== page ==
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Homer > Achilles in the Underworld: Iliad, Odyssey, and Aethiopis, by Anthony T. Edwards

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message 1: by Lia (last edited May 10, 2018 03:08PM) (new)

Lia | 522 comments Mod

the conception of a more fortunate existence after death was widespread before Homer. Belief in a realm of Hades was complemented by an alternative land of the blessed, usually an island located at the edges of the earth, where kings and other favored individuals enjoyed a happy eternity

the Aethiopis grants Achilles a blessed immortality

the Odyssey places him exactly where the Iliad leads us to expect him, in the underworld.

message 2: by Lia (new)

Lia | 522 comments Mod
I have SO many questions.

First of all, if mortality is not absolute, and Achilles had alternatives to Hades, that would seem to completely alter the theme/ meaning of the Iliad. As one of the footnotes acknowledged, Achilles’ mortality is fundamental to the Iliad.

message 3: by Lia (last edited May 10, 2018 03:02PM) (new)

Lia | 522 comments Mod
Some possible explanations for the inconsistency:

the eschatology of the Iliad may be eccentric in comparison to that of the Odyssey and Aethiopis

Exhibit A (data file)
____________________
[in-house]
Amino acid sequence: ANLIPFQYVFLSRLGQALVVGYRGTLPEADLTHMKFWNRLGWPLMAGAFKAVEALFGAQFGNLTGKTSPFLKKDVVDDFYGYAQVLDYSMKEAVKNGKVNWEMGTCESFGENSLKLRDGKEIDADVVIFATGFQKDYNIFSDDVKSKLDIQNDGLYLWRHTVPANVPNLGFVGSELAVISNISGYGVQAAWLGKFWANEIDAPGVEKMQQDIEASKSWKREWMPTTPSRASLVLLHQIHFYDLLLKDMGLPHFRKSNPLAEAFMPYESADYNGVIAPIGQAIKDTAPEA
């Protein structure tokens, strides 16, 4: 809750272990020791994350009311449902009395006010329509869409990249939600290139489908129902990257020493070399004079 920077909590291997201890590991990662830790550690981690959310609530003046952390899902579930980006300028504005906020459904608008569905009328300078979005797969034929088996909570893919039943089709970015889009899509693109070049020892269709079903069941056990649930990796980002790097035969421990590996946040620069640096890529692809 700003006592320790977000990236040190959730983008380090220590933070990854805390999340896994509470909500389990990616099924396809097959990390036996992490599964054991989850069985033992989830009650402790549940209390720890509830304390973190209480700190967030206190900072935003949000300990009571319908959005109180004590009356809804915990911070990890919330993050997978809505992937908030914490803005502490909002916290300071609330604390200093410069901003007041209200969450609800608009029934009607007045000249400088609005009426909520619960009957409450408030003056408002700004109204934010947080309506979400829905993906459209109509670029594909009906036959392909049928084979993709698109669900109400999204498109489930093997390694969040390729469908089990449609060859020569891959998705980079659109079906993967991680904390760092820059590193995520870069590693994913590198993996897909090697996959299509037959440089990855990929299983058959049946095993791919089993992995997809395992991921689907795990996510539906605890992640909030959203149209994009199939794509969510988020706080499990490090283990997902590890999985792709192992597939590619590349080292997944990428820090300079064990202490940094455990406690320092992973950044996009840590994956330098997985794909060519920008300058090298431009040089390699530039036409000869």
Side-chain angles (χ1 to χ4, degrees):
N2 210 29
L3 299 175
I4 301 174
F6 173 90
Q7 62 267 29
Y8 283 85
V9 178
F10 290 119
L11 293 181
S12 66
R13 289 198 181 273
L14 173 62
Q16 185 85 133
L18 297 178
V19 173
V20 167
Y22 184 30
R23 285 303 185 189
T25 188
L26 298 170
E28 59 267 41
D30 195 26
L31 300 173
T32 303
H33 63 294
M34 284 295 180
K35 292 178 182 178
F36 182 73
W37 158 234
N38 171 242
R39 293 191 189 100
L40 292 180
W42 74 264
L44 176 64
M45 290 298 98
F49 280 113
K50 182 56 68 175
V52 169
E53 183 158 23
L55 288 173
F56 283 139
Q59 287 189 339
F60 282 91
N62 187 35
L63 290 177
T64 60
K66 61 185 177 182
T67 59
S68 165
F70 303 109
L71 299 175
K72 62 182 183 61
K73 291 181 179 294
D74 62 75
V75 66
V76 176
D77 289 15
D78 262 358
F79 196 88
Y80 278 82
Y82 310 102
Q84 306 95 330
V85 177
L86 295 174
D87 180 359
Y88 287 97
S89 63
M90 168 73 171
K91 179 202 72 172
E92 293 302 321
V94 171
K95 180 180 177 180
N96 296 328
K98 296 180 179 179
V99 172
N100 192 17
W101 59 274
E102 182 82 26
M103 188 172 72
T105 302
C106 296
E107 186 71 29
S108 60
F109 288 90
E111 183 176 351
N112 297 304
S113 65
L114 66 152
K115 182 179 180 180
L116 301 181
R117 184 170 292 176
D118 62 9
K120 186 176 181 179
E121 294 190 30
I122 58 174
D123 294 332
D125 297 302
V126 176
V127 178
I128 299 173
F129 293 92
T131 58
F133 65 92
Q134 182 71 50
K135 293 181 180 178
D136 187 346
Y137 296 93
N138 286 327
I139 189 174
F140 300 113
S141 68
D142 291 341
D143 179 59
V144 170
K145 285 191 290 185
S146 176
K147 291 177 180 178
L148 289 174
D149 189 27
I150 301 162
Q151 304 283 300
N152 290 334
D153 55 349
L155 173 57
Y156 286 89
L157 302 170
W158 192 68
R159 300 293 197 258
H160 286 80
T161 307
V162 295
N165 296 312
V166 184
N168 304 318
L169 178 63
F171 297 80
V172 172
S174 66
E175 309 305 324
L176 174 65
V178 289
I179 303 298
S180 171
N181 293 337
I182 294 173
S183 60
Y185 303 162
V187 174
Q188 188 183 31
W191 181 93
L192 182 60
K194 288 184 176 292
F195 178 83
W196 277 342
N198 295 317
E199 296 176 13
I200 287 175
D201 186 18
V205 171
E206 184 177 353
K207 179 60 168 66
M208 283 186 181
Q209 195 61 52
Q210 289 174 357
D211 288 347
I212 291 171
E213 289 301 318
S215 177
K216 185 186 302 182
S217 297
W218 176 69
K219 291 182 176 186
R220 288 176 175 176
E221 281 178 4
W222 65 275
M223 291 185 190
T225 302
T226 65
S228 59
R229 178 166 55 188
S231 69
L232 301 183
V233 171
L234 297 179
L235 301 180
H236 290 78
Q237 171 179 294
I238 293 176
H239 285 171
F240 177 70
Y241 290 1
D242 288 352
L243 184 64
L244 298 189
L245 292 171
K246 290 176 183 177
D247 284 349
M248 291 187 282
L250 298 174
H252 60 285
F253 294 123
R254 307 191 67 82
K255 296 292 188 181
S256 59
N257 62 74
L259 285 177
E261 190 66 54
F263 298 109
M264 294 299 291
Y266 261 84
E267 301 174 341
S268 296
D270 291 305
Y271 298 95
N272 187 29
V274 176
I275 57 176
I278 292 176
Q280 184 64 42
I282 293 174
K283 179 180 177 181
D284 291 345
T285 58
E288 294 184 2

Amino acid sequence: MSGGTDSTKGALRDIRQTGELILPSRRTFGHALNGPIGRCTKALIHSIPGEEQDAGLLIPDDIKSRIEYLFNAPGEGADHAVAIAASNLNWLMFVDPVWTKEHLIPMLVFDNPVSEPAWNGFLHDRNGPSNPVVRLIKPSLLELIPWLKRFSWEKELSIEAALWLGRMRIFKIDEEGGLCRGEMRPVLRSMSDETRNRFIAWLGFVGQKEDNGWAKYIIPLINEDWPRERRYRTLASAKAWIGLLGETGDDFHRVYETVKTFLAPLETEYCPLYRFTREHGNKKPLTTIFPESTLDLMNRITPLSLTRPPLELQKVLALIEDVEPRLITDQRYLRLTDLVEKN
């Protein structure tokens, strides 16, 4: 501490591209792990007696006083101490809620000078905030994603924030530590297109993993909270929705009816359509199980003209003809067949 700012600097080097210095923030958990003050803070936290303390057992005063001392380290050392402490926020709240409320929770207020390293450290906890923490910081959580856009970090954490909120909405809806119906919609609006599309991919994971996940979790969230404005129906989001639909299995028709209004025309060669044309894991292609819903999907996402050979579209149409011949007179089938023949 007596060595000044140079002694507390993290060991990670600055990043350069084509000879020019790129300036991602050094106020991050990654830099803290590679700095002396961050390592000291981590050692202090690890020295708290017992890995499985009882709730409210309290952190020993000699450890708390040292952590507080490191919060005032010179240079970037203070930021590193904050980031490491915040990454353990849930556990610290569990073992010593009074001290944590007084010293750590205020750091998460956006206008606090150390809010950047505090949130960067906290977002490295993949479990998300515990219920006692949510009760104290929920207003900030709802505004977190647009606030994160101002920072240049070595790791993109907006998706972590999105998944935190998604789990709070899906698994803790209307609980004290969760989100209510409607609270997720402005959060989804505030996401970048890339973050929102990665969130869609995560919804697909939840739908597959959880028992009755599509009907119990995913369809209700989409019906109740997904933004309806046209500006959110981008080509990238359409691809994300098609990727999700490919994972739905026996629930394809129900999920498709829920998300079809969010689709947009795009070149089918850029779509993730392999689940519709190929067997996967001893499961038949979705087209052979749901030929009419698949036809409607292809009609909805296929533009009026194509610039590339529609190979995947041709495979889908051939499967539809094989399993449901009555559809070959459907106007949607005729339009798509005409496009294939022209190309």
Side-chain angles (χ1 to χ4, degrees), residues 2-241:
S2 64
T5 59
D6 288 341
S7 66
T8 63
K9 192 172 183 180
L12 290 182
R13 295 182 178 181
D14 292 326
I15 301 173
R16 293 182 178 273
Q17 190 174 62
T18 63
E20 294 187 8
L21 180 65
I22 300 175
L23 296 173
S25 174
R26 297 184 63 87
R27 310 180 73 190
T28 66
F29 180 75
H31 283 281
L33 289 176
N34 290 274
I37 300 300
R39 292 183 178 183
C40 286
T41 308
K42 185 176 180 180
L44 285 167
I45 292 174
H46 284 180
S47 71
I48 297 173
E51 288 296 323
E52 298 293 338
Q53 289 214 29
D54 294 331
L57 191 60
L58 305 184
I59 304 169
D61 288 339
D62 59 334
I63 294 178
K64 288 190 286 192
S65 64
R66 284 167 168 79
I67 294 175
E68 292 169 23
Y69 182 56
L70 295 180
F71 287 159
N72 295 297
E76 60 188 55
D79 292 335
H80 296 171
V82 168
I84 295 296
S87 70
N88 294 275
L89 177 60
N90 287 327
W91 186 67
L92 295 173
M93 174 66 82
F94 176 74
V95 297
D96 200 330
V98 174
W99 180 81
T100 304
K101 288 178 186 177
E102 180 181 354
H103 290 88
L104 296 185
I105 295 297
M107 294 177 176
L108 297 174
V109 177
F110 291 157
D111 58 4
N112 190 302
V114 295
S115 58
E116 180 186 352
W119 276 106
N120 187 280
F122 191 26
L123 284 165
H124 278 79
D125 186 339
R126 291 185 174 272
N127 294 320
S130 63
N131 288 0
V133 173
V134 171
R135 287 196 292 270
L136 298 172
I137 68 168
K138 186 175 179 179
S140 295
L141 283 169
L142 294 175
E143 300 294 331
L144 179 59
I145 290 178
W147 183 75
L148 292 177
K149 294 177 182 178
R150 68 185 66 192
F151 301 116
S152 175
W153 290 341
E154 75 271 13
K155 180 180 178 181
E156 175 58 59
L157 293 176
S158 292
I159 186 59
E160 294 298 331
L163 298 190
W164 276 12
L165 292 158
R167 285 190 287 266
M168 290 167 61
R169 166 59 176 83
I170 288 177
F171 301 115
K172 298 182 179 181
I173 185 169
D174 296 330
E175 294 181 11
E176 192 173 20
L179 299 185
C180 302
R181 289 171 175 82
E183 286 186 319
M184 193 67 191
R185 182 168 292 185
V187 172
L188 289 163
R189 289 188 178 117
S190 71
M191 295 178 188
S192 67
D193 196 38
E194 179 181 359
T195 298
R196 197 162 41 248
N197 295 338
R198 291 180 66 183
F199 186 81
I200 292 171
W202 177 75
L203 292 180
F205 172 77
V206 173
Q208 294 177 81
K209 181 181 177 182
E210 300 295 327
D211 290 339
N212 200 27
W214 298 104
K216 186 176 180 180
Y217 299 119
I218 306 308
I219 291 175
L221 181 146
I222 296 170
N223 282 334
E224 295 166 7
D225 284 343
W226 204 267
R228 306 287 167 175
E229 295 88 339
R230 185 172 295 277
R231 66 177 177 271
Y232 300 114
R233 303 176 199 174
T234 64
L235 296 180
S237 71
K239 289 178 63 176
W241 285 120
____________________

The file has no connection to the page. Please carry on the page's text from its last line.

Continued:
So, within the same cycle, different heroes have different sets of options available to them, depending on the context of the Troy Cycle as a whole.

within the cycle as a whole it should not be surprising if two poems appear to differ in their presentation and exploitation of eschatological options [...]the crucial issue is simply whether a poem does or does not know of alternatives to Hades. It is clear that the Odyssey, the Aethiopis, the Cypria, and the Telegony do. It remains uncertain whether the Ilias Parva, Iliou Persis, or Nostoi are aware of such alternatives

“Plot holes” like this would not survive modern worldbuilding. It’s difficult to comprehend how this could be unproblematic for the ancients, when they treated these texts seriously as guide to religion and proper conducts.

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